Investor Beware: Don’t Fall for This Old Myth
There’s a myth among investors that by looking at the broader stock market—such as the key stock indices—and only focusing on it, investors can significantly improve their returns. In other words, the overall market condition can be the best way to improve your returns. You don’t necessarily have to waste your energy to research one company; just look at where the overall market is headed.
While there may be some validity to the argument, looking at the broader market doesn’t really tell you much about a certain company that you might be invested in or want to invest in.
No doubt, a certain stock might follow the general direction of the market on any given day when there isn’t a lot of news about the company, but on the other days, it can be totally different. For instance, events such as earnings releases and investors’ meetings can cause fluctuation in stock prices.
Take a look at the stock chart below of the S&P 500 index from 2009 to today.
Chart courtesy of www.StockCharts.com
The most-quoted index when it comes to the U.S. stock markets, the S&P 500 has gone up significantly since 2009. In early 2009, the S&P 500 dropped below 700. Since then, it has more than doubled!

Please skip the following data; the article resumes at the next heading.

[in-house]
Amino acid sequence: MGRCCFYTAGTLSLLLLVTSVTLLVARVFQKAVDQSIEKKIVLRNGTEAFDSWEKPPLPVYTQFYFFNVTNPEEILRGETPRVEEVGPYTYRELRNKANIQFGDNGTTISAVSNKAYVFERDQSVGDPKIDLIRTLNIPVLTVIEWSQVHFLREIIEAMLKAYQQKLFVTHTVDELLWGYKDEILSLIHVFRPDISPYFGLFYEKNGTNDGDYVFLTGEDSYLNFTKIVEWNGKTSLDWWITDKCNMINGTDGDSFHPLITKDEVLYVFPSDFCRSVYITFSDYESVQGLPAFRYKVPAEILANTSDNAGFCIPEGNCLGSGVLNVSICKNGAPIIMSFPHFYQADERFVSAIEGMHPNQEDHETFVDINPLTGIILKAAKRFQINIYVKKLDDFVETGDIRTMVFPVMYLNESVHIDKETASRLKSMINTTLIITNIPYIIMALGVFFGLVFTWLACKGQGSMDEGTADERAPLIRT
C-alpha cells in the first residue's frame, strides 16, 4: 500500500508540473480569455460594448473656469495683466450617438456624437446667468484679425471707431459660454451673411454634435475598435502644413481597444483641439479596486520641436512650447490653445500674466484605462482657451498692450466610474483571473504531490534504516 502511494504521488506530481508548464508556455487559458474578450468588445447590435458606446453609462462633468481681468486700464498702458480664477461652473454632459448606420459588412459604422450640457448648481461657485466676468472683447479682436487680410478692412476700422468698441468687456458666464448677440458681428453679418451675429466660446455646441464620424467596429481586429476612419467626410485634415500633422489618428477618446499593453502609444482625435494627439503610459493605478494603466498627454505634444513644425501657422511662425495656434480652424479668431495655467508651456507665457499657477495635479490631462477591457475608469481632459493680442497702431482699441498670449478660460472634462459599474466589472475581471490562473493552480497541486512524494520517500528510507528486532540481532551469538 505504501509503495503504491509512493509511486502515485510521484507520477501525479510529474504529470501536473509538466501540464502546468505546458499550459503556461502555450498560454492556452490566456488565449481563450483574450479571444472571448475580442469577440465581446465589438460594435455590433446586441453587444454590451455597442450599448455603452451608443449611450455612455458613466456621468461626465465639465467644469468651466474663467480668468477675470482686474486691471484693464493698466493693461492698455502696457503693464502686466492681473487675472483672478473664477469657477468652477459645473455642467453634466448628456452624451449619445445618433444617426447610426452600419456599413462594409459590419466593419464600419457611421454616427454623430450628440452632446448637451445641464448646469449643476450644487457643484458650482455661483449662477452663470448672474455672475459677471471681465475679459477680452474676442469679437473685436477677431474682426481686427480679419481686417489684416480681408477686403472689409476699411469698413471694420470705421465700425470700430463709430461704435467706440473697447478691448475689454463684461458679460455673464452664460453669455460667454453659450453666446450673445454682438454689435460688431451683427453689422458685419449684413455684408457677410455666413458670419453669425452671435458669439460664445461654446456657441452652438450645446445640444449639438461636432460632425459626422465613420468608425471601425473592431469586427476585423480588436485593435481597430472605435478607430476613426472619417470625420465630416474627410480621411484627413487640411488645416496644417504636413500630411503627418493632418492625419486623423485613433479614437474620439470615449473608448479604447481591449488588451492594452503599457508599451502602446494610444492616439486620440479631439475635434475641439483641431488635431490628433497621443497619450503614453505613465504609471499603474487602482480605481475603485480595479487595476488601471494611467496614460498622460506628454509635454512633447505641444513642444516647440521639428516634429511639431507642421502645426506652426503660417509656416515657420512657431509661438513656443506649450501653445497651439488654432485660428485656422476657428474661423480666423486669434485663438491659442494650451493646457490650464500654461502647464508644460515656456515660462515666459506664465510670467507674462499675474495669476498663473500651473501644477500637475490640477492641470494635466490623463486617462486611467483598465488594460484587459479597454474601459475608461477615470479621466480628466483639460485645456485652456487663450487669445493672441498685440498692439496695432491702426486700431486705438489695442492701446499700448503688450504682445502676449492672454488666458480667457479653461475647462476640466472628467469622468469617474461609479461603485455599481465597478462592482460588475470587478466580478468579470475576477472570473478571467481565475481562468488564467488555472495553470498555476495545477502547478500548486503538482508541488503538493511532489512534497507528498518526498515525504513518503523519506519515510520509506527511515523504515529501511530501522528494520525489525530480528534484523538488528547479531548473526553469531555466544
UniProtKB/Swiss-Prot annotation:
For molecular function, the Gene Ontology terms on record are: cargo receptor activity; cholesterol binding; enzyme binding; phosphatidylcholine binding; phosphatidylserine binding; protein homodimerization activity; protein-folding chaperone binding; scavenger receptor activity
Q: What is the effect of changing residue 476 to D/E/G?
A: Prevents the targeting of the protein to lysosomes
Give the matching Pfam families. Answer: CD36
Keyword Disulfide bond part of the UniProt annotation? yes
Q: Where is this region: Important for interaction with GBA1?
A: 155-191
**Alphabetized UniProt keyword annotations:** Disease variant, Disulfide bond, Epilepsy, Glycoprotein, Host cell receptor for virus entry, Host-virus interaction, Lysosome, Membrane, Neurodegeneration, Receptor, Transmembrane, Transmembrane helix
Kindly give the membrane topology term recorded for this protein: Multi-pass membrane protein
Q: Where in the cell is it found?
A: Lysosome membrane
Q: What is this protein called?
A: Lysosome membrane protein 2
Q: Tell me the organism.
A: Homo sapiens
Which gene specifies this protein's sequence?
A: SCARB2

Now, let me ask this question: with the S&P 500 more than doubling over the last few years, did every company show similar returns? To say the least, no. The key stock indices only give a general overview of the markets; they don’t provide a precise picture of each company. Referring back to the chart above, over the time in which the S&P 500 more than doubled, there were some companies that did much better than the index, and there were others which didn’t do as well.
Focusing and learning more about the companies you own or are looking to own can help to provide you with a better return. The reason for this is that when you focus on the company, you know what to be aware of and what to expect. If you just look at the broader market, you just don’t see it.
In addition, you can protect yourself from bigger losses in the future if things turn sour for the company.
One of the most well-known stock investors of today, Warren Buffett, said, “Risk comes from not knowing what you are doing.” (Source: BrainyQuote web site, last accessed March 14, 2013.) The implication behind this is very simple: knowing what you’re doing reduces risk and protects you from potential losses.
Investing isn’t easy; it goes without saying. When an investor focuses on a company, it can take significant time to thoroughly research it. A few of the things investors should look at when assessing a company include: the company’s growth rate, assets, liabilities, and management team. In addition, investors should evaluate the company’s competitive advantage over other firms in the same industry.